As a young student studying under military rule, Kyaw Moe Tun memorized his entire biology textbook word for word—without paraphrase. He used to time himself to see how quickly he could recite chapters one through five. Just under forty-five minutes! Exams required students to provide answers as they appeared verbatim in the textbook. Any variation—even in grammar and punctuation—was strictly forbidden and heavily penalized. Kyaw Moe Tun has coined this learning method “nationwide, state-sanctioned plagiarism,” a heavily policed habit of mind that assures conformity and keeps students far away from innovative, critical thought. It was during medical school that he finally tired of this mindless instruction and decided to transfer to the United States. Through the support of the Pre-Collegiate Program in Yangon, Kyaw Moe Tun was accepted into Bard College at Simon’s Rock in Massachusetts, where he rediscovered his love for learning.

In 2011, General Thein Sein assumed the presidency and ended the dark night of military dictatorship, releasing Suu Kyi from house arrest and reinstating the NLD, which went on to win the 2012 by-elections and 2015 general election. In 2014, after earning his doctorate in chemistry at Yale University, Kyaw Moe Tun made a life-altering choice to return to Yangon, the largest city in Myanmar, to contribute to the rebuilding of the nation’s higher education system. Kyaw Moe Tun and a group of like-minded peers, who had also pursued education in the United States, formed the Parami University Founding Committee. They consulted with similar schools in the region: Ashoka University (India), Fulbright University (Vietnam), and Yale-NUS College (Singapore). These institutions modeled possibilities for success even as they demonstrated the challenges inherent in delivering liberal education in new contexts.6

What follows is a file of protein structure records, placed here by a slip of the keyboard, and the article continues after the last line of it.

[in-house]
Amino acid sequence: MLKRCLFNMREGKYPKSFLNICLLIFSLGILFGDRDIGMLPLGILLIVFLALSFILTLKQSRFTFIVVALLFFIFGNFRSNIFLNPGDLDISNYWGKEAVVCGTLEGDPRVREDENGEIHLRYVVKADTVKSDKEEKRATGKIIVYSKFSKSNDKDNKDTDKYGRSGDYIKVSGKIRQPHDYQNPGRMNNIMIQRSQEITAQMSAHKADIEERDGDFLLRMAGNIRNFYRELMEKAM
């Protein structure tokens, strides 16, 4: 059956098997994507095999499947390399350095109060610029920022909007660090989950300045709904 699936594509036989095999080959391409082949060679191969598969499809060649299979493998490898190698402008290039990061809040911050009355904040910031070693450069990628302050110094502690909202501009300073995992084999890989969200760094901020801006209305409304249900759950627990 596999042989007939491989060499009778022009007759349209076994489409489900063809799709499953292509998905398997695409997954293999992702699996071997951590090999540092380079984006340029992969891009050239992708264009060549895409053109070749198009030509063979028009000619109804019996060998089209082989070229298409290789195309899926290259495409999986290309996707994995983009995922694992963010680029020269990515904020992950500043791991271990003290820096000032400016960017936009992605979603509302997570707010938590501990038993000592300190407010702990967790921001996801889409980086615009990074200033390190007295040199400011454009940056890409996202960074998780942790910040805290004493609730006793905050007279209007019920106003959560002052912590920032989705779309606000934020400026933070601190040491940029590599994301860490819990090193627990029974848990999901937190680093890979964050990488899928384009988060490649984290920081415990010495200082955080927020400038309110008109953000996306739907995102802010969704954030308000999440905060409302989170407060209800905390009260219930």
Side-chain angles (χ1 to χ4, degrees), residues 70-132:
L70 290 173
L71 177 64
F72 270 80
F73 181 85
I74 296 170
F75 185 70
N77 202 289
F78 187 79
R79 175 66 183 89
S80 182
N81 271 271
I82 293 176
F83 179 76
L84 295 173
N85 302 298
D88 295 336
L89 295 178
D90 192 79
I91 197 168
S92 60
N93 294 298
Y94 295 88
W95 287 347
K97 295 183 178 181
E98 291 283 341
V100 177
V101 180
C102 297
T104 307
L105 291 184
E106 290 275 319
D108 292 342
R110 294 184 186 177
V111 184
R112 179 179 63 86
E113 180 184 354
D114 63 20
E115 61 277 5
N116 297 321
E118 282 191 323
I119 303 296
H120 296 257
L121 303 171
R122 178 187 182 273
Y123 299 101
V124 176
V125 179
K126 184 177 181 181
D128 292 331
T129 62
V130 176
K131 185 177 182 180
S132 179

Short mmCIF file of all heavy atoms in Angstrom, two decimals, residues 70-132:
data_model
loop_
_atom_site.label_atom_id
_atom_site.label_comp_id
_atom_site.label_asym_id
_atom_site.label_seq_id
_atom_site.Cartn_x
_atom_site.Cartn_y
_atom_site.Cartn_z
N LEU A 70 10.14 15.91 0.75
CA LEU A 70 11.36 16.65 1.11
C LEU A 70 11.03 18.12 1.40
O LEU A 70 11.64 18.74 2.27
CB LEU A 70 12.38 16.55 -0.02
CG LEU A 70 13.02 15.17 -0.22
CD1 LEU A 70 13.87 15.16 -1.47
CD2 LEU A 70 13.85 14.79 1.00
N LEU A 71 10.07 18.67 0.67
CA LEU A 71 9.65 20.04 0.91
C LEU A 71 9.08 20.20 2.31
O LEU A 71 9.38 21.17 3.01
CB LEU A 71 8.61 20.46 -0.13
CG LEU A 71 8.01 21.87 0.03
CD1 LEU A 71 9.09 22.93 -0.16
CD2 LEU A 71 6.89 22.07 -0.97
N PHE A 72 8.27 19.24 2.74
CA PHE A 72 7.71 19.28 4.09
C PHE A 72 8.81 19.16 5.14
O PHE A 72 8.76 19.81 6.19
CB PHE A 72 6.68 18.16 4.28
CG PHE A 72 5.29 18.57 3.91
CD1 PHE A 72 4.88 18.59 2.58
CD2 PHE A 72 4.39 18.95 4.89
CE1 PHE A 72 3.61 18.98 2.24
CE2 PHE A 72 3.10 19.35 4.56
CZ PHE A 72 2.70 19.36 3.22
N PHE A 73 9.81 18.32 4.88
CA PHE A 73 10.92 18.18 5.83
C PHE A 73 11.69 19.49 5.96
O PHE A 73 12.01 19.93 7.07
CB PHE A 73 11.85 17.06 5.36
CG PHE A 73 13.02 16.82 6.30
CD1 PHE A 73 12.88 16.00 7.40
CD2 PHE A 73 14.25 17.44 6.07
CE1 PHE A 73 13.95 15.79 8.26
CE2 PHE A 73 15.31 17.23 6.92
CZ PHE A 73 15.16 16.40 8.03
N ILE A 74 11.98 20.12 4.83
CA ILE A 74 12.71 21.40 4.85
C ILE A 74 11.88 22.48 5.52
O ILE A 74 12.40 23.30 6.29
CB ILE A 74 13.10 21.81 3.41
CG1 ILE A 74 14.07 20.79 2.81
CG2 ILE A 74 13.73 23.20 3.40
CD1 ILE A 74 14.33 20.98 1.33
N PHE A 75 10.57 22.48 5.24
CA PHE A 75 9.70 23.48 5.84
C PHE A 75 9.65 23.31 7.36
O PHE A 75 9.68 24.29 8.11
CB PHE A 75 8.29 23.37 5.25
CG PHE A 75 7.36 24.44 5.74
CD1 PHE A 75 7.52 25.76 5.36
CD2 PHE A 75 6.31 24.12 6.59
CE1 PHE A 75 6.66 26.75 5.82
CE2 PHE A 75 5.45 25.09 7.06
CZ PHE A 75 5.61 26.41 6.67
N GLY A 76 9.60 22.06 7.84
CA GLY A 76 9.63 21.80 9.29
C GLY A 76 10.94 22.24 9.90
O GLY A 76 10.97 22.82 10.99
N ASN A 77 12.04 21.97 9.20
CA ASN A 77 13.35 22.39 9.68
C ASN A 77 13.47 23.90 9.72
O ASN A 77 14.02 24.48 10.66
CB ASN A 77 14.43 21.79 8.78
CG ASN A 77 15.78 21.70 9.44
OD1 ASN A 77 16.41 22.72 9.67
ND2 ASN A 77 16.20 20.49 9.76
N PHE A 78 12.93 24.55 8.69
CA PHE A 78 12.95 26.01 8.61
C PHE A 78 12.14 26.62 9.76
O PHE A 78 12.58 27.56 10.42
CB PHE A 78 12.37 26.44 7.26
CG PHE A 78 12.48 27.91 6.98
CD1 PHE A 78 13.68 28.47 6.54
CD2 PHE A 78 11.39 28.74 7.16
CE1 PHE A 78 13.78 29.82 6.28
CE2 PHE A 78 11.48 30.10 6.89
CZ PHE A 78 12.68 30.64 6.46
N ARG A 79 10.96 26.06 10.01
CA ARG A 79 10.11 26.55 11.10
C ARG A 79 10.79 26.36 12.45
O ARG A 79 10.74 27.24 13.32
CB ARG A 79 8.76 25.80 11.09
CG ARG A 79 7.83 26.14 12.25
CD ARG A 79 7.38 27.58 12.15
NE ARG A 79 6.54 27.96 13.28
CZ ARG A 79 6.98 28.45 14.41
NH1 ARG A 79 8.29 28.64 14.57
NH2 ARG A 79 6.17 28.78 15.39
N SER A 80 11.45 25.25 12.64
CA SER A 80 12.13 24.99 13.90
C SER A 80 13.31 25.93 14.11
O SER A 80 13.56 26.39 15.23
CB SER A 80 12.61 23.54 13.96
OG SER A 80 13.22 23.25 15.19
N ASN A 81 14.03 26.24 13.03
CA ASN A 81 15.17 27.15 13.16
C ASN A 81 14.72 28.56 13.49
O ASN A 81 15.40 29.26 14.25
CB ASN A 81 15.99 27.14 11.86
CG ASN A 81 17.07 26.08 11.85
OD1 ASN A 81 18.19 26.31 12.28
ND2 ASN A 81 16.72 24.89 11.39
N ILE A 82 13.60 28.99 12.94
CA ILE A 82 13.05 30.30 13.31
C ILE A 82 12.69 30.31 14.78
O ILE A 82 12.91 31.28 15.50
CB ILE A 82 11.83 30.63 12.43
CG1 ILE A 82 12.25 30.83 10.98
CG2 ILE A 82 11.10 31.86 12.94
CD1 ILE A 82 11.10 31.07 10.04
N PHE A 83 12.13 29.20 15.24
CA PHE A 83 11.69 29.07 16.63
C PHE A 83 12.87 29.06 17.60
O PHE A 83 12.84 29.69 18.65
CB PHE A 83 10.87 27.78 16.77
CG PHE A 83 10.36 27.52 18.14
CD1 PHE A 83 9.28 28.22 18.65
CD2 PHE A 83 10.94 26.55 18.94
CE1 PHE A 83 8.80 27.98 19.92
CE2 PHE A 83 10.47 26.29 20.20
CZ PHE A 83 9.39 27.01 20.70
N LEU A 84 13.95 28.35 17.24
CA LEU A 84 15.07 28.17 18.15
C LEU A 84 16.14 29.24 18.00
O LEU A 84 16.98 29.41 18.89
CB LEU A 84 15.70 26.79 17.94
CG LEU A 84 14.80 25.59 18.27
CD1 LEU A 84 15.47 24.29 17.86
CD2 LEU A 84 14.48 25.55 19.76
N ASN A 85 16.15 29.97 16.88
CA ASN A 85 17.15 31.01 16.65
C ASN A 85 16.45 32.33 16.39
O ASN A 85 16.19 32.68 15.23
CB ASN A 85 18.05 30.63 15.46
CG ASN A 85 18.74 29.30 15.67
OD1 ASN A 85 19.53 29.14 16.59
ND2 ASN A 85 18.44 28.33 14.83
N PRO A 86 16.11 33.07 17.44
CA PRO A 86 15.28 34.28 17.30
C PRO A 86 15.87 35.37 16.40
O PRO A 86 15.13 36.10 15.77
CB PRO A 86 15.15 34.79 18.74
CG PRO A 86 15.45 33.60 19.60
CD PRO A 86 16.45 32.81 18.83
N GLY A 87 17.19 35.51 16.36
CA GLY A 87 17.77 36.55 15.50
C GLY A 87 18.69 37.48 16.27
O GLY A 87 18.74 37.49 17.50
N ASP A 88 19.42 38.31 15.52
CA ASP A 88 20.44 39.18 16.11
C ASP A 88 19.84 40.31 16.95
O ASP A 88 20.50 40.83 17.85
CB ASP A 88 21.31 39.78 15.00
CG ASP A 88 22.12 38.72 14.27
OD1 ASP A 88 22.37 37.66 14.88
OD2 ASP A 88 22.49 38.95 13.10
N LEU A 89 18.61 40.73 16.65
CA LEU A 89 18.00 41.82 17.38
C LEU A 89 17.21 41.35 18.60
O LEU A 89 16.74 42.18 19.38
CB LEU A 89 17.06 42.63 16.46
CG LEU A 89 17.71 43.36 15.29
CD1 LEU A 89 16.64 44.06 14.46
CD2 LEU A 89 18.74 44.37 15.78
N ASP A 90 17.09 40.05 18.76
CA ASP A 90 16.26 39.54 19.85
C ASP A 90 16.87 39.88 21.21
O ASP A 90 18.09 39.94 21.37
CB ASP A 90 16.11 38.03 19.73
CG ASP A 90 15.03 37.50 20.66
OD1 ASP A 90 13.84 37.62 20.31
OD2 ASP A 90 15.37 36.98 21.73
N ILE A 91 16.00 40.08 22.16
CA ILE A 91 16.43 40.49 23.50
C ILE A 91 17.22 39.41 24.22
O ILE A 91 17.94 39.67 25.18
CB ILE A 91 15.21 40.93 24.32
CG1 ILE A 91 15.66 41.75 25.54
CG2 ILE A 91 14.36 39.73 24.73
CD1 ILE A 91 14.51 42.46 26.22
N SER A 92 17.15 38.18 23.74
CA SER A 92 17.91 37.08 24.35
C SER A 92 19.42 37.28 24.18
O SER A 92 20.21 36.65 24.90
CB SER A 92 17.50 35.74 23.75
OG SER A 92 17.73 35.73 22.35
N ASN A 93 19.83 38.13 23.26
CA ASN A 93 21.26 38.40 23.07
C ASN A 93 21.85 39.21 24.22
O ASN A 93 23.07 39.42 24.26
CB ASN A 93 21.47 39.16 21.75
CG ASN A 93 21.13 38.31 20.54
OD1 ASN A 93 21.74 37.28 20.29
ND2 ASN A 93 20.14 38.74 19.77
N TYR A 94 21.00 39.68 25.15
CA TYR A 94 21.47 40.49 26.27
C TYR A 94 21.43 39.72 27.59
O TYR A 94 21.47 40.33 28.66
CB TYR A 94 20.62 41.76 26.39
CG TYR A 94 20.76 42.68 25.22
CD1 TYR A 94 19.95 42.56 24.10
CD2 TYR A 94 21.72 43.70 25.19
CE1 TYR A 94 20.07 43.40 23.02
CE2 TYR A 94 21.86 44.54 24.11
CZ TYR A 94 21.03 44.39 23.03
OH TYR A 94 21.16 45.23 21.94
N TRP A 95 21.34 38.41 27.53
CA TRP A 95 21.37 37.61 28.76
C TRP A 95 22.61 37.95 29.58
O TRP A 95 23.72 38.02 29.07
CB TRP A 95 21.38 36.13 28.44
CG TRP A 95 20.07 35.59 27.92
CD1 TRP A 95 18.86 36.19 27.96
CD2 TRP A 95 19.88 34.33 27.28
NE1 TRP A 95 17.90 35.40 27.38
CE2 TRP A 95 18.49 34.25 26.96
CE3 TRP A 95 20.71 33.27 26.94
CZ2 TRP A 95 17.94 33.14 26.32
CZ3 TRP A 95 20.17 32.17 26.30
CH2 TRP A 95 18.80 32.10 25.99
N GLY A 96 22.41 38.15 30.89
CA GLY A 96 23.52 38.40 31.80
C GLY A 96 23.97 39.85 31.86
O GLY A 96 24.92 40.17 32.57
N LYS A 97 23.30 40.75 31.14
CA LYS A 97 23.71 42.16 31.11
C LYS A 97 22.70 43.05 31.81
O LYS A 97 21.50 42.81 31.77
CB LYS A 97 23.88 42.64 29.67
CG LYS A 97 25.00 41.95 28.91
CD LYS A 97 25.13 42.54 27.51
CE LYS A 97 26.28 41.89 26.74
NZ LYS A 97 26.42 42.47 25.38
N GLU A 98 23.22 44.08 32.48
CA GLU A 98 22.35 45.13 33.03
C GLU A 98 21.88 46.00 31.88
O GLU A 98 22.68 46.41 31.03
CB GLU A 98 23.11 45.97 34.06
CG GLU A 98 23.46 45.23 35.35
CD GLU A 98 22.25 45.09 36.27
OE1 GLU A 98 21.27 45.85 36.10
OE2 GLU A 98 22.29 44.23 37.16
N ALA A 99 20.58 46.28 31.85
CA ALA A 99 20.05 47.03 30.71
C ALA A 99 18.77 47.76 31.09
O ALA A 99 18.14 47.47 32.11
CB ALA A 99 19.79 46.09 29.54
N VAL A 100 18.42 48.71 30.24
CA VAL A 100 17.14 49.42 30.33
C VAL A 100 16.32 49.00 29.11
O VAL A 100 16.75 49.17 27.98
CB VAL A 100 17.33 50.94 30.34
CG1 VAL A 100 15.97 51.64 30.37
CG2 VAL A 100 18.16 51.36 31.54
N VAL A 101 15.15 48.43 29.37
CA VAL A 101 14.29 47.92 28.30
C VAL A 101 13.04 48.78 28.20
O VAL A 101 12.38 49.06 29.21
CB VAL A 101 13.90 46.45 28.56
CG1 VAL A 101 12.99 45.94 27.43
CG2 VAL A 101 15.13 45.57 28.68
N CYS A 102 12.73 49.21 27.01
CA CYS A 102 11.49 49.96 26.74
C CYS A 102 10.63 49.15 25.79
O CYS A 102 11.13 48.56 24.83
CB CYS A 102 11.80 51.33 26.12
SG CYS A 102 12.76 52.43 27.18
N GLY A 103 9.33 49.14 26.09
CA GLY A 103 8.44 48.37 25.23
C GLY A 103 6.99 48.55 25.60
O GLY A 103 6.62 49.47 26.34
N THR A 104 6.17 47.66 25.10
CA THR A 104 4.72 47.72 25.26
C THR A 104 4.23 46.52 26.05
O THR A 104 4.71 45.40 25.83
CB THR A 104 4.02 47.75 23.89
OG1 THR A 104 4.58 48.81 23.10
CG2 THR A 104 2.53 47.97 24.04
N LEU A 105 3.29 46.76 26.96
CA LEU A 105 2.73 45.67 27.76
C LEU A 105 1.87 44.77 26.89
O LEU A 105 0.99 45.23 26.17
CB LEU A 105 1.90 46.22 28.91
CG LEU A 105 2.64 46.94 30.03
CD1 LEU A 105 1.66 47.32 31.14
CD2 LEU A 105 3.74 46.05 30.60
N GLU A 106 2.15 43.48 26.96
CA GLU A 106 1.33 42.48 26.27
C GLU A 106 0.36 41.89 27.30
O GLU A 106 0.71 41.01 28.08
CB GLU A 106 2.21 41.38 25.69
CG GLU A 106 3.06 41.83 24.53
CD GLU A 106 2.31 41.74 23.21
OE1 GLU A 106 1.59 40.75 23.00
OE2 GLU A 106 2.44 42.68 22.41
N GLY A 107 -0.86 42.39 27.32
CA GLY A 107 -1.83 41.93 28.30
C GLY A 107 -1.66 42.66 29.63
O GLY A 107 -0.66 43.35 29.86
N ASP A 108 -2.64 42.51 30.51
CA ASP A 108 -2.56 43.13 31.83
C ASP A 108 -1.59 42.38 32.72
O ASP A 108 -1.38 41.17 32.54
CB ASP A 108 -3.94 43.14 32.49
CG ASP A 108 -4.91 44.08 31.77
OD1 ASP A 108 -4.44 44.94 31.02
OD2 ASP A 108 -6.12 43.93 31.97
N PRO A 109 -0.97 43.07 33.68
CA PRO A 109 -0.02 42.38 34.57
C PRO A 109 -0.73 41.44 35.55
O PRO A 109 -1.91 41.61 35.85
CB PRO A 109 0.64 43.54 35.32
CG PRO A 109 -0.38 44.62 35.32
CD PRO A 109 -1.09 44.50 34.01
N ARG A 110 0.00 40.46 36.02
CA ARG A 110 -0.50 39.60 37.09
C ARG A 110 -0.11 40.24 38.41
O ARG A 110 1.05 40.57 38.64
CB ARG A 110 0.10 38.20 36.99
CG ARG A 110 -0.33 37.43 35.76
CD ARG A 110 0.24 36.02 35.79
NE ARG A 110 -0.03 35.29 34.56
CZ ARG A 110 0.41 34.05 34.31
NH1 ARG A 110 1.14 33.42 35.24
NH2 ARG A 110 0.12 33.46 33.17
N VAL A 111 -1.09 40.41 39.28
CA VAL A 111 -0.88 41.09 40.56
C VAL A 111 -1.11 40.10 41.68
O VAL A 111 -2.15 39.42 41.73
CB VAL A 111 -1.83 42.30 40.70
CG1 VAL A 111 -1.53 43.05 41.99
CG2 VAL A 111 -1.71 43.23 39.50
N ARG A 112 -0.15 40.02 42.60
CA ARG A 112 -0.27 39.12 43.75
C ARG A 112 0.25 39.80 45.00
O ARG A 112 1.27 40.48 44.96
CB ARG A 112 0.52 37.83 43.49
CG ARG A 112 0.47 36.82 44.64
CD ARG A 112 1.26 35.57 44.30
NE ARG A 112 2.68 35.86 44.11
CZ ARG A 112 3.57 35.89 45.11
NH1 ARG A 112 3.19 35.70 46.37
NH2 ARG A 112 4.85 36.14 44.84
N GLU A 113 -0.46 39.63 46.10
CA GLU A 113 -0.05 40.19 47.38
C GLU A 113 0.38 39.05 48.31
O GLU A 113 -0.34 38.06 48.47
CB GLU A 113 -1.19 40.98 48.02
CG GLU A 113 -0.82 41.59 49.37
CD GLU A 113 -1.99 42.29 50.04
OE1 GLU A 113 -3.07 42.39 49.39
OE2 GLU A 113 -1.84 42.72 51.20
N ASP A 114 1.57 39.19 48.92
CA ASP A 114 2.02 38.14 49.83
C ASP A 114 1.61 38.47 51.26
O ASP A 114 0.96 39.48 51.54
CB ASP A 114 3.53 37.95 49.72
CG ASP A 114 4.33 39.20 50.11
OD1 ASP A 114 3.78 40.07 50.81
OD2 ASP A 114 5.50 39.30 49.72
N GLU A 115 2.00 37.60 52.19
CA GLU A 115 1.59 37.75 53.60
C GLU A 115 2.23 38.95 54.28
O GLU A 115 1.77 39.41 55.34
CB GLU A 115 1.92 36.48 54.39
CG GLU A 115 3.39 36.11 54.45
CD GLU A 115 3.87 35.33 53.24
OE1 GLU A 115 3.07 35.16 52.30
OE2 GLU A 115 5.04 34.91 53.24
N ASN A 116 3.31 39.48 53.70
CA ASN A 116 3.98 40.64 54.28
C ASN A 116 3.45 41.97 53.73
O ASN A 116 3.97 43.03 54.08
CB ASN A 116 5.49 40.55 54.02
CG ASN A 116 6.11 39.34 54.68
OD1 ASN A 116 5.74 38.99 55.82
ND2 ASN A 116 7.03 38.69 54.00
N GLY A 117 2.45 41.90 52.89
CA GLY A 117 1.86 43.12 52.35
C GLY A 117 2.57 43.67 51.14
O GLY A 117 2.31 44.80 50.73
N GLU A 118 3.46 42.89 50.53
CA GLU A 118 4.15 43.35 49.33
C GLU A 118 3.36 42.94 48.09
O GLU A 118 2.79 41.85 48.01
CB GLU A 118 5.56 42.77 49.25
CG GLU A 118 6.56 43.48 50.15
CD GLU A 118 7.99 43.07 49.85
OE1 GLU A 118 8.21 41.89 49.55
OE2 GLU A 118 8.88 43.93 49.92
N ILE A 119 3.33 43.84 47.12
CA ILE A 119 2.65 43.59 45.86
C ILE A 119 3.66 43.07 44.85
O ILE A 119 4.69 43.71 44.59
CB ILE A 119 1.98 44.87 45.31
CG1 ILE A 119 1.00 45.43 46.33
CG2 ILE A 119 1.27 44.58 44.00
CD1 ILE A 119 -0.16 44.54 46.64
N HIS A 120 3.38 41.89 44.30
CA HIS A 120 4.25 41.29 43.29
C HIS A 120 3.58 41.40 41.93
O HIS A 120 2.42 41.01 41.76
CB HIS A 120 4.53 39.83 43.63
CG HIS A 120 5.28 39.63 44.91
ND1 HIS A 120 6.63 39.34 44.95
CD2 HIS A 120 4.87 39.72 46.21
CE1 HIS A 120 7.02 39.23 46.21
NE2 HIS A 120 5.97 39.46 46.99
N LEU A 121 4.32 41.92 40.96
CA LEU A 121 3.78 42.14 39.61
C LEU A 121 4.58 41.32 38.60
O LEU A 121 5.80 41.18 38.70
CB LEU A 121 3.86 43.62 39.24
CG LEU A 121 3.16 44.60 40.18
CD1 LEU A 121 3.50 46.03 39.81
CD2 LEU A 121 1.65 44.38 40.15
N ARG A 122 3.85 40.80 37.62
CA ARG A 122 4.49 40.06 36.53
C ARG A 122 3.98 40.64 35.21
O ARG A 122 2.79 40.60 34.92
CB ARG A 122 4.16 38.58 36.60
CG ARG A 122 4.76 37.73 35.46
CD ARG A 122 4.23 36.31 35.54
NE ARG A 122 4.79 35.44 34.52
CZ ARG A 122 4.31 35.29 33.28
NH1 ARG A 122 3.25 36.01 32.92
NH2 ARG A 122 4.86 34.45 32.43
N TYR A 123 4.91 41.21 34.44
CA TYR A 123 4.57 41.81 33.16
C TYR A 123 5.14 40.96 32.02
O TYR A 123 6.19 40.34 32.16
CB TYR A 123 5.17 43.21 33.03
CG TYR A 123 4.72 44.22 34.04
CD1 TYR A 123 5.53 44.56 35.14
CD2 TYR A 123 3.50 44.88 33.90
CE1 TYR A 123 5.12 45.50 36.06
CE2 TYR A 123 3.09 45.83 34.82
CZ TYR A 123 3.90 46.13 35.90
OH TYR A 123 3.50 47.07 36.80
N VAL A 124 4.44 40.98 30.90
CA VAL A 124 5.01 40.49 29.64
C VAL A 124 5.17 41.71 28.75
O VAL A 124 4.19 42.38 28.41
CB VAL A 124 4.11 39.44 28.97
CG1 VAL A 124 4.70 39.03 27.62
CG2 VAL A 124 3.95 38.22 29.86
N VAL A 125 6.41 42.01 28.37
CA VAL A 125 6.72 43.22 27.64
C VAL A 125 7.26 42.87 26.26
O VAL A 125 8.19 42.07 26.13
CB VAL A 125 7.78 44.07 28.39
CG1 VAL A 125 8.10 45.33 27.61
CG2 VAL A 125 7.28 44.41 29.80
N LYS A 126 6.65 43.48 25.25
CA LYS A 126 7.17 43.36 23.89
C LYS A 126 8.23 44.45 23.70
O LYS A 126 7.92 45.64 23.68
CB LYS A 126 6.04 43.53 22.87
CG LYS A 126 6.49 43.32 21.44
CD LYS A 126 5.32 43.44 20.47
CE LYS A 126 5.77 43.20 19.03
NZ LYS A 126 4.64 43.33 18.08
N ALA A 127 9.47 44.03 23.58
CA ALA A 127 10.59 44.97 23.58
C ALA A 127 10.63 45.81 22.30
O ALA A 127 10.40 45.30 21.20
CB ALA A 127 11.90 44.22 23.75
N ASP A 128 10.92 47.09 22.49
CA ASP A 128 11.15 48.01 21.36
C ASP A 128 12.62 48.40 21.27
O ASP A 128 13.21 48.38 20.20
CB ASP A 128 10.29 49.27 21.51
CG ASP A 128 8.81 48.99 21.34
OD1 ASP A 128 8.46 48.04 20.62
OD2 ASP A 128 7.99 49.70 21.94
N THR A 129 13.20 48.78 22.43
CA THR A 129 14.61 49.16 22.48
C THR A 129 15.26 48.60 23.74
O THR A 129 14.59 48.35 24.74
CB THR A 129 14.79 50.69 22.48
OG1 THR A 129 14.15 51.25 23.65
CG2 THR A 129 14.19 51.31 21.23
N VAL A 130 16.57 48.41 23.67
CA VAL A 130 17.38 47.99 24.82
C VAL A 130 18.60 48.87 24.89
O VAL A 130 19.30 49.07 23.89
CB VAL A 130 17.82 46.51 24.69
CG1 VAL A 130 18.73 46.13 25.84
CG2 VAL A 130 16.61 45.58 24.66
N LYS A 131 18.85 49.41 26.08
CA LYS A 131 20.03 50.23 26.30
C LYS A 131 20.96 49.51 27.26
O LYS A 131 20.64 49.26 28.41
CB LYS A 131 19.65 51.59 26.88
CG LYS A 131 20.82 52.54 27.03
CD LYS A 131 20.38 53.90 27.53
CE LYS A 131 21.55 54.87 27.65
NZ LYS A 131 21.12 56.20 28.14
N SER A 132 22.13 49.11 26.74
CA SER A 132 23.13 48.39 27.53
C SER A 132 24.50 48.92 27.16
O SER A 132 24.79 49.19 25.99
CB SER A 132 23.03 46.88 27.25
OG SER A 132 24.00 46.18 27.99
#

“It was truly inspiring to see what change private individuals could induce in a country with as many socioeconomic and ethnic challenges as Myanmar,” Kyaw Moe Tun says. “I thought, ‘If Ashoka can do it in India, why can’t we do it in Myanmar?’”

The founding committee garnered broad support, grants, and donations from international nongovernmental organizations, local government officials, business professionals, lawmakers, and educators. A deeply Buddhist nation, Myanmar citizens mostly donate to monasteries in order to secure spiritual benefit—civic philanthropy is an alien concept. Despite the growing need for creative workers who can think critically, selling the nation on the benefits of giving citizens a liberal education—with its emphasis on ethnic and religious diversity, interdisciplinary approaches, undergraduate research, close reading and analysis, student engagement, and open discussion and debate—was no simple endeavor. The committee, however, succeeded in raising enough money to launch an institute and continues to meet the challenge of building financial support for expanding its operations.

Liberal education in Myanmar

The Parami Institute of Liberal Arts and Sciences (the precursor to the university) opened in 2016 on the third floor of Shwe Gone Plaza near downtown, with Kyaw Moe Tun as executive director. The institute recently secured land outside the city where it has broken ground on its forthcoming four-year, residential campus. Parami University will be Myanmar’s first private, nonprofit liberal arts and sciences institution. Through Kyaw Moe Tun’s connections, Parami has partnered with the Bard College system to provide graduates with dual degrees—one from Parami and one from Bard College.

The institute currently provides a variety of evening courses that broaden access to liberal arts–style learning and develop critical-thinking skills for both professionals and students. Its core work, however, is the Parami Leadership Program, an intensive one-year residential program offering recent graduates of Myanmar’s state universities a broad-based, English-language curriculum focused on interdisciplinary inquiry, community engagement, global citizenship, critical thinking, and professional communication. The program’s advisory board includes economic and education advisors to the nation’s state counselor, as well as international business and education leaders.